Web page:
With the new draft laws to regulate social media, India enters a phase of increased control over social media and media streaming platforms.
From the enactment of the Information Technology (Guidelines for Intermediaries and Digital Media Ethics Code) Rules, 2021, intermediaries would have to remove content within 36 hours of receiving a government or legal order. Intermediaries would also need to be able to “trace” the “first originator” of content, and in cases where the origin is foreign, to identify the first in-India user to have shared it. AI would be required to be used to identify “objectionable content” like “sexual violence”.
India is not alone in seeking to enforce greater government regulation onto social media platforms, nor is it the first to prompt such platforms to turn to AI to censor content before the government had to get involved.
Australia too has planned legislation to mandate a 48-hour period by which time social media companies must take down harassing, abusive or revenge porn posts, if ordered to do so by the eSafety Commissioner's office. Failure to do so could invite a fine of up to $555,000 for websites and social media companies and up to $111,000 for individuals.
Since 1995, South Korea’s Information & Communication Ethics Office has had the ability to order information providers to delete and restrict material that “encroaches on public morals,” causes a “loss of national sovereignty” or is “information that may harm youths,’s character, emotions and sense of value”.
The US, however, has charted a different route with Section 230 of the Communications Decency Act, 1996 providing immunity to online services, including Intermediaries, from liability for transmission of any third party content. This provision, dubbed the “26 words that created the Internet,” by Jeff Kossett, cybersecurity law professor at the U.S. Naval Academy, came under fire by former President Donald Trump, who sought its removal after accusing social media platforms of being biased against conservatives. Section 230 has made US social media companies largely self-regulating.
That does not mean the US government has not tried to increase its ability to order content to be taken offline: Legislations like the Child Online Protection Act attempted to make it illegal for websites to host material deemed harmful to minors for commercial purposes, but were later struck down as unconstitutional. In general, laws putting the liability onto the platforms themselves, have ended up becoming quagmired in legal challenges revolving around the First Amendment and Section 230. It remains illegal, however, for users on such platforms to upload illegal content.
The EU, however, holds platforms liable for copyright infringements by its users.
When it comes to streaming platforms, some countries like the UK (and Australia in the case of Netflix) opt to let streaming platforms self regulate, others directly determine what regulations they adhere to in terms of their content. With the three-tier grievance redressal mechanism with two tiers of self-regulation and the third level being an oversight mechanism under the MIB, India’s approach is a mixed one.
Tackling terrorism, using AI
Approaches also vary in terms of how social media platforms handle terrorism-related content. As early as 2017, Facebook was using AI to scrub its platform of such content.
In a 2019 report, the Centre for Internet and Society India noted that a “one-size-its-all” model for illegal content may not be productive, noting that the nature and impact of the content in question should be considered in determining the appropriate turnaround time.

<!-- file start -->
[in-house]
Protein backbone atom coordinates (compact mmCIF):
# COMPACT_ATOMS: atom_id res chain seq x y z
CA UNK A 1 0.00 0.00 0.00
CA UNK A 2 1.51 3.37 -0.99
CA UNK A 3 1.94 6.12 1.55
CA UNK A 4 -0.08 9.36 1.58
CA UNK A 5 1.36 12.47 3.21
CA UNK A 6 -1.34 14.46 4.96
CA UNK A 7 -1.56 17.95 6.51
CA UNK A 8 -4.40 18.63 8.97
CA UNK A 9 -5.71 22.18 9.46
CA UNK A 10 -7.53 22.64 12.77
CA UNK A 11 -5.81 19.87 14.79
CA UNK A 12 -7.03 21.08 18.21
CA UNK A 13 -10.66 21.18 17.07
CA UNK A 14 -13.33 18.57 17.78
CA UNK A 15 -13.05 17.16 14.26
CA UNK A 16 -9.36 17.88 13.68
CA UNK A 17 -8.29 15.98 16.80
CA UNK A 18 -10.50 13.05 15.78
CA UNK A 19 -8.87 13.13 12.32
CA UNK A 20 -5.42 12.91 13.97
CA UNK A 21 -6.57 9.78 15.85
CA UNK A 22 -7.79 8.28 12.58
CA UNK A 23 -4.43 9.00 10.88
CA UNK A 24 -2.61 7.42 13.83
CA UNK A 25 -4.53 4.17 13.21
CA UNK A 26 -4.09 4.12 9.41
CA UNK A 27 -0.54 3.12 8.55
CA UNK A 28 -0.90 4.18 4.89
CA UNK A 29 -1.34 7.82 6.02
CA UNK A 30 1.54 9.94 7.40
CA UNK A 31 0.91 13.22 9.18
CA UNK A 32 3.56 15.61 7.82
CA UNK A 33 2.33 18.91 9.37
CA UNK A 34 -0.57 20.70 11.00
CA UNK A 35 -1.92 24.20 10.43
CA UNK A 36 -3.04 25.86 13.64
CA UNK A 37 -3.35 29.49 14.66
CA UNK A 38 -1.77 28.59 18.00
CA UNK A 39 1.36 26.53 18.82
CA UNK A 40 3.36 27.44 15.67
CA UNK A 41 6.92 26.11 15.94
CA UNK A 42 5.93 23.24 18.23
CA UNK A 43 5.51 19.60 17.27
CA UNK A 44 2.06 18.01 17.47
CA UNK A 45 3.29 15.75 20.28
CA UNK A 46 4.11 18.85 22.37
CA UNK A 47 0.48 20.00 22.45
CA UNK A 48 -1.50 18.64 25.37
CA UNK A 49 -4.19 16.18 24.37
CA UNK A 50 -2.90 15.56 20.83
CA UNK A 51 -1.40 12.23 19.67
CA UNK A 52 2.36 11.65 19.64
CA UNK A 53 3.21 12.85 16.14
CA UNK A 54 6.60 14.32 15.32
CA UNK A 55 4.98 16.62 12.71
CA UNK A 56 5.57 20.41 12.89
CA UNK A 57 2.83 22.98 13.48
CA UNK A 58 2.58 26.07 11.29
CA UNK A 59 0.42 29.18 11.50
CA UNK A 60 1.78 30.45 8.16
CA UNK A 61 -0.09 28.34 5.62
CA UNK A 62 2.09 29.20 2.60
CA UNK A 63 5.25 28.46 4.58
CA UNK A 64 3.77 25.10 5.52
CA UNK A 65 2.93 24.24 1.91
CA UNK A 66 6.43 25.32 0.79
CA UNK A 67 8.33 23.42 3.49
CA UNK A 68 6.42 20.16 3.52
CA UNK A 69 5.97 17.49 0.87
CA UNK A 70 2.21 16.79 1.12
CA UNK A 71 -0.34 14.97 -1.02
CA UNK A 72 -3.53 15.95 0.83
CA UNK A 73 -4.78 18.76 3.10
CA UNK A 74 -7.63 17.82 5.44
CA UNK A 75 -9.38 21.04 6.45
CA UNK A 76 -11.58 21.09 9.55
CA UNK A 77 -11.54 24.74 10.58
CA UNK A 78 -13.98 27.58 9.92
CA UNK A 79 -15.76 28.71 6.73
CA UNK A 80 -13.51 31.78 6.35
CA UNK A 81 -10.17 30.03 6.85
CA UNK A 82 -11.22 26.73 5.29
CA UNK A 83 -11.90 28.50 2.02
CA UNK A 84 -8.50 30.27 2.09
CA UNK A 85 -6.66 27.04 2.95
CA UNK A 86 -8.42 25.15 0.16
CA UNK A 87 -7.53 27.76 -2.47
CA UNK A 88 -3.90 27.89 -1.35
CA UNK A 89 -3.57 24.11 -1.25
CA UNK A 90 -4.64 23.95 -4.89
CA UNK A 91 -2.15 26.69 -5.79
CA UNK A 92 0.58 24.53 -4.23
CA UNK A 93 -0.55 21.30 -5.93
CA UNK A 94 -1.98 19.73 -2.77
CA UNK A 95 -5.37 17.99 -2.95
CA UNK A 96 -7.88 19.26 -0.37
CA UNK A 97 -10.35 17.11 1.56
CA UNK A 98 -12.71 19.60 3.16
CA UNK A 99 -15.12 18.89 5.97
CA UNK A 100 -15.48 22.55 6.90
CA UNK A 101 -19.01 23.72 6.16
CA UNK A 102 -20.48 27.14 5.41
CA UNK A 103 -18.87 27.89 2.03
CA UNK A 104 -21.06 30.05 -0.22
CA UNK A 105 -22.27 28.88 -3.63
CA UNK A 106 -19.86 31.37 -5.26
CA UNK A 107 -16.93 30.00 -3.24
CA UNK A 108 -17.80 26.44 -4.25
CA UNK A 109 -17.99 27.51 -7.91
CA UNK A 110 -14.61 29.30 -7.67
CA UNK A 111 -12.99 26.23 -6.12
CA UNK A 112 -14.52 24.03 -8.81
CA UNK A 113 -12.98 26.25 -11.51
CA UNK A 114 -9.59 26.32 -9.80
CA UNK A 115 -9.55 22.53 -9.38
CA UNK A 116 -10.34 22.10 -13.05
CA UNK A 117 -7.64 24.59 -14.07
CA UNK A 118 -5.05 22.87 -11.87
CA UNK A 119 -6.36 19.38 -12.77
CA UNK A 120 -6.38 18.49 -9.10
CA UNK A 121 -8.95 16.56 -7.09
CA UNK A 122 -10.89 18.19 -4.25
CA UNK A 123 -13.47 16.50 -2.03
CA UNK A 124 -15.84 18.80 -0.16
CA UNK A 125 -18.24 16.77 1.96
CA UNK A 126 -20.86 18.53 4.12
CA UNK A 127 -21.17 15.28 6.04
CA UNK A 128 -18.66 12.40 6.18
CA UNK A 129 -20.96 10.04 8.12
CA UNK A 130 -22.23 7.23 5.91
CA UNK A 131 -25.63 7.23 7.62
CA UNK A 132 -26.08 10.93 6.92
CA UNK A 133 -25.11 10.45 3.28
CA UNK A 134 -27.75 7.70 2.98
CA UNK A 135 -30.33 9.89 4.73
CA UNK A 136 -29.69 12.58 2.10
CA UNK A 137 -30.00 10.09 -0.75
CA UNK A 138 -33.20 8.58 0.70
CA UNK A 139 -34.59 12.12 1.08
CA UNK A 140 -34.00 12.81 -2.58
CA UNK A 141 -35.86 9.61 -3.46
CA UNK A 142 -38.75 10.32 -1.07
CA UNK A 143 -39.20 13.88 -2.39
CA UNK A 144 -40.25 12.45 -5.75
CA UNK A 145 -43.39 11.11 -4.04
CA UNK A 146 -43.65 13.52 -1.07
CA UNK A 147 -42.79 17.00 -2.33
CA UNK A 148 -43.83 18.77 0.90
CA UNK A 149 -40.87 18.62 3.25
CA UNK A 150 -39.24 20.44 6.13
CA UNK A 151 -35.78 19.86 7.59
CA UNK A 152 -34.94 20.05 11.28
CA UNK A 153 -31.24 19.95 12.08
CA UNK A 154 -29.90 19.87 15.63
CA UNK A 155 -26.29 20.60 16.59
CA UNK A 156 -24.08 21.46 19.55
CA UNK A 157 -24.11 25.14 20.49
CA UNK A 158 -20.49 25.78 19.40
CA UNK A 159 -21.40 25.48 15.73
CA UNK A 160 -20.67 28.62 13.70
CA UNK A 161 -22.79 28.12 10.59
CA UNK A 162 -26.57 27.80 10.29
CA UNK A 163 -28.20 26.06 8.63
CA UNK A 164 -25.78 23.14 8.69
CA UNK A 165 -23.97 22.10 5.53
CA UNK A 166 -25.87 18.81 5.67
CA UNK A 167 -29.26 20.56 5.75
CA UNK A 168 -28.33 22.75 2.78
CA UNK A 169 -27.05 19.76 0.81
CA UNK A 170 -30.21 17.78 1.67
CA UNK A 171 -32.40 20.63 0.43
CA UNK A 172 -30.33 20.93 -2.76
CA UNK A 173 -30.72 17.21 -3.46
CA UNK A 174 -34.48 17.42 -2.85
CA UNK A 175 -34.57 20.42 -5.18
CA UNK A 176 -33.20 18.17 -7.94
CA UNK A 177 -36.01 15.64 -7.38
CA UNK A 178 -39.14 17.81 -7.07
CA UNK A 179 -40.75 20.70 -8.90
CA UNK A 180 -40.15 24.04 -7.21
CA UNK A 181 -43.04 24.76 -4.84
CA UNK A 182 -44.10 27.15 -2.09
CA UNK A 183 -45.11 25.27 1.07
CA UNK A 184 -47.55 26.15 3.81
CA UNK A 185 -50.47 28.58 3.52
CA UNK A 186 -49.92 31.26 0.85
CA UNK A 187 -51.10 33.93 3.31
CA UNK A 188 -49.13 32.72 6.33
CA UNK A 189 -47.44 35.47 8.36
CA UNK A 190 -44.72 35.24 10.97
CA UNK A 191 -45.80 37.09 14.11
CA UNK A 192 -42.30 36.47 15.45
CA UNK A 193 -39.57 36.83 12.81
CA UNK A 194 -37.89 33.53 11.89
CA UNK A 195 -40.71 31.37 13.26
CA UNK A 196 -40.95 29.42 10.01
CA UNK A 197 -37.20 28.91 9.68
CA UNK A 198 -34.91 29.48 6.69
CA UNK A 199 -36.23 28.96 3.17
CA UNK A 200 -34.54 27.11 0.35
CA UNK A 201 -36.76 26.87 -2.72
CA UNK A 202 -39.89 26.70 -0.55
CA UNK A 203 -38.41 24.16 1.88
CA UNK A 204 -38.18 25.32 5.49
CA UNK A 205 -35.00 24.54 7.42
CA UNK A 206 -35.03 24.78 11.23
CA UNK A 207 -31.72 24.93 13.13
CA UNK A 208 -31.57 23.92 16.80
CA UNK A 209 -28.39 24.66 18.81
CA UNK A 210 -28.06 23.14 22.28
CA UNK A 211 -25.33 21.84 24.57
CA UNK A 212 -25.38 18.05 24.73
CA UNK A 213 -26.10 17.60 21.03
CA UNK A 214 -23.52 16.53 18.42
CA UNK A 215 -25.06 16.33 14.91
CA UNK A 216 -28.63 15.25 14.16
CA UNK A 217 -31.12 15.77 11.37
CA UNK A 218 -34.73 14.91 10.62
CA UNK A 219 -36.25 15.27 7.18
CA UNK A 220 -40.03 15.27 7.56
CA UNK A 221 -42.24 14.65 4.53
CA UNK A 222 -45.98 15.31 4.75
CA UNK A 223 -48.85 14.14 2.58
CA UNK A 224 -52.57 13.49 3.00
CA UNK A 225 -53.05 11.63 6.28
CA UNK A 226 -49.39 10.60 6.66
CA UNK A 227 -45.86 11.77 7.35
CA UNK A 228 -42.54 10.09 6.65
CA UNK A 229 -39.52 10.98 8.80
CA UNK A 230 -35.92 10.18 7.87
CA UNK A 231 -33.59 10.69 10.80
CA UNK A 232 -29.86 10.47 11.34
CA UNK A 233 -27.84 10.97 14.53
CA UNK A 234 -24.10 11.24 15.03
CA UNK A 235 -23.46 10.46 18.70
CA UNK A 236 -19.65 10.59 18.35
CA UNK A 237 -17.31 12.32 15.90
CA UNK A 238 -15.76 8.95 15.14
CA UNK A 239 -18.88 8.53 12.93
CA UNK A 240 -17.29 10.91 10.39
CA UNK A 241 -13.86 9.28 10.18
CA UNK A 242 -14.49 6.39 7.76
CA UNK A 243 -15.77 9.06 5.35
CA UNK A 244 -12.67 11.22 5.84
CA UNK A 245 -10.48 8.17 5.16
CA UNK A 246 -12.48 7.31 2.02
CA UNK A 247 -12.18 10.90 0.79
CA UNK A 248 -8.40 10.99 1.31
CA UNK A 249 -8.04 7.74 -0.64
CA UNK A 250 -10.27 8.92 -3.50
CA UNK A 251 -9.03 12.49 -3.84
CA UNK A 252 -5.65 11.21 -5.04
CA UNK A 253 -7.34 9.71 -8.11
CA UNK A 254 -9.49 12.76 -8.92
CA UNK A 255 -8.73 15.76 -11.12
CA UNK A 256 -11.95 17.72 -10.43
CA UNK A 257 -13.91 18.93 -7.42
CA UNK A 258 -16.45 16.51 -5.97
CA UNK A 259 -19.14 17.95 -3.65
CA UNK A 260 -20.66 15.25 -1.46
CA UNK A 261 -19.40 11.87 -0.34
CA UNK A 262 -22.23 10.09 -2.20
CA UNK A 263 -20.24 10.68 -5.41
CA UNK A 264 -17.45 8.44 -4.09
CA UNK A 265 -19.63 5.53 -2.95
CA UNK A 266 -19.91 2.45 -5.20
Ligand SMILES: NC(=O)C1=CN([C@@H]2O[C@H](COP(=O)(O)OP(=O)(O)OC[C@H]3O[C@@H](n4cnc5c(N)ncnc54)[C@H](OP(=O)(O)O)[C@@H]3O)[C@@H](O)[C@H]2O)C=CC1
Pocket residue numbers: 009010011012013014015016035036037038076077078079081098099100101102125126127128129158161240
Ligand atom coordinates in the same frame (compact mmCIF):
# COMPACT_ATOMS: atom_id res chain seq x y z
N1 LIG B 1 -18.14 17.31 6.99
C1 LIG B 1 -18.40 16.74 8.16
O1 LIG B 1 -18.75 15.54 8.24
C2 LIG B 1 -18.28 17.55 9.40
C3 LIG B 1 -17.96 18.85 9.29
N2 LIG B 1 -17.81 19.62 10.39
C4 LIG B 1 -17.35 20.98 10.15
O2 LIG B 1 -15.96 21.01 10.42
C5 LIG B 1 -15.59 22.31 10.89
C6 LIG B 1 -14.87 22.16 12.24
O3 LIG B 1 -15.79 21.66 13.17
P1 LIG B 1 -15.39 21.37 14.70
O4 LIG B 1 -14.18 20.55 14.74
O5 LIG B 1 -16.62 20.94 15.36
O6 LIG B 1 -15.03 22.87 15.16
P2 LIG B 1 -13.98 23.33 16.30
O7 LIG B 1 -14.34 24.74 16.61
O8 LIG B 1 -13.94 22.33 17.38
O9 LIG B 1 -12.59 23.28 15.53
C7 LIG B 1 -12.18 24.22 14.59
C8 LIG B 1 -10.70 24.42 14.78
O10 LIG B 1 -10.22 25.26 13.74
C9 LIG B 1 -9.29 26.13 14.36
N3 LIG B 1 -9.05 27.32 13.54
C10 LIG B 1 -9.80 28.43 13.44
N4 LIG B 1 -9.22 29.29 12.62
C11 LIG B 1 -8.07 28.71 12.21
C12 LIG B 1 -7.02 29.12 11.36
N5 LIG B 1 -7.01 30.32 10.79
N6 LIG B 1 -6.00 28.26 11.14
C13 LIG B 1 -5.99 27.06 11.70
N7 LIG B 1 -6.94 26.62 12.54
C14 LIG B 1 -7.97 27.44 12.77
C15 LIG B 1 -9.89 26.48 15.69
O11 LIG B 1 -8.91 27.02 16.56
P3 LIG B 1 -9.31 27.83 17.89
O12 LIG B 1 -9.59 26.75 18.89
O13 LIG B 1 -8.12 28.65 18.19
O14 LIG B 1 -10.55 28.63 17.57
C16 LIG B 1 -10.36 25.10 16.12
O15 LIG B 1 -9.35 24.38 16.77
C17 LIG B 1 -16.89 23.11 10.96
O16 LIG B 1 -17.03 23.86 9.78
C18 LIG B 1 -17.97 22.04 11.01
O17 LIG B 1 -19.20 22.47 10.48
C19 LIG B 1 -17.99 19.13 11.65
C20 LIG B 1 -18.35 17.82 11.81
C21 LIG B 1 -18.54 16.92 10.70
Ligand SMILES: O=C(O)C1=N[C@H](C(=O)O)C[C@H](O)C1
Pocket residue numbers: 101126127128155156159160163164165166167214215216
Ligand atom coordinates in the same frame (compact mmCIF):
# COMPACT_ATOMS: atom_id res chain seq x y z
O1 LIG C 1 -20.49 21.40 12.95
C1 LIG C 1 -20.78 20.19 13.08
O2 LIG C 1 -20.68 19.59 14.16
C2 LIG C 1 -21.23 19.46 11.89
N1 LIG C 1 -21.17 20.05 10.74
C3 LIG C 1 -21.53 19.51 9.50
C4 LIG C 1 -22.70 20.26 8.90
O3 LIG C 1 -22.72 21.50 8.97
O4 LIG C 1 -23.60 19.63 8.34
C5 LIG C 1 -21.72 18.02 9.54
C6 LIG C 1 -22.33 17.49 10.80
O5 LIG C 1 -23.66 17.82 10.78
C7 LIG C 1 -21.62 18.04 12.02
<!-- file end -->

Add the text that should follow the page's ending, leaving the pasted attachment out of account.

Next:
For example, a 2018 European Commission working document found that terrorist content was most harmful within the first hours of its appearance, with a third of links to ISIS propaganda disseminated within an hour of release, and three-quarters of these shared within four hours. In France, social media and other websites have just one hour to remove terrorism or child sexual abuse related content.
In Germany, companies must remove illegal content within 24 hours, under the Network Enforcement Act (NetzDG).
On India’s proposed originator rules, the closest comparison would be with countries that have sought to restrict encryption (without which, it becomes easier for law enforcement to determine the originator of a message). In Russia, a licence is required for distributing, maintaining, providing, developing or manufacturing encryption facilities and the Federal Security Service can compel the provision of any information necessary to decrypt encrypted messaging.
US laws don’t enforce decryption but do mandate all telecommunication carriers to be able to be intercept communications and/or deliver it to the government.
In France, private entities or individuals who provide cryptology service must decrypt encrypted data by their services within 72 hours.
This website offers a map of countries with key disclosure laws or requirements to decrypt information.
Welcoming the announcement of the new rules by the Union Minster for Information and Broadcasting and the Union Minister for Information Technology for Electronics and Information Technology, the Ministry of Electronics and IT has dubbed the new rules “progressive, liberal and contemporaneous”. Home Minister Amit Shah said he applauded Prime Minister Narendra Modi and MeITY minister Prasad, saying the rules would “empower social media users by institutionalising redressal mechanism and ensuring resolution of their grievances.”
Outside of government, reactions have been mixed: Social media giant Facebook has said it welcomes “regulations that set guidelines for addressing today’s toughest challenges on the Internet” while Twitter and Netflix have yet to issue a statement. Organisations like the Internet Freedom Foundation have criticised the rules for “excessive vagueness” and warned of collateral damage to “citizen free speech and privacy”.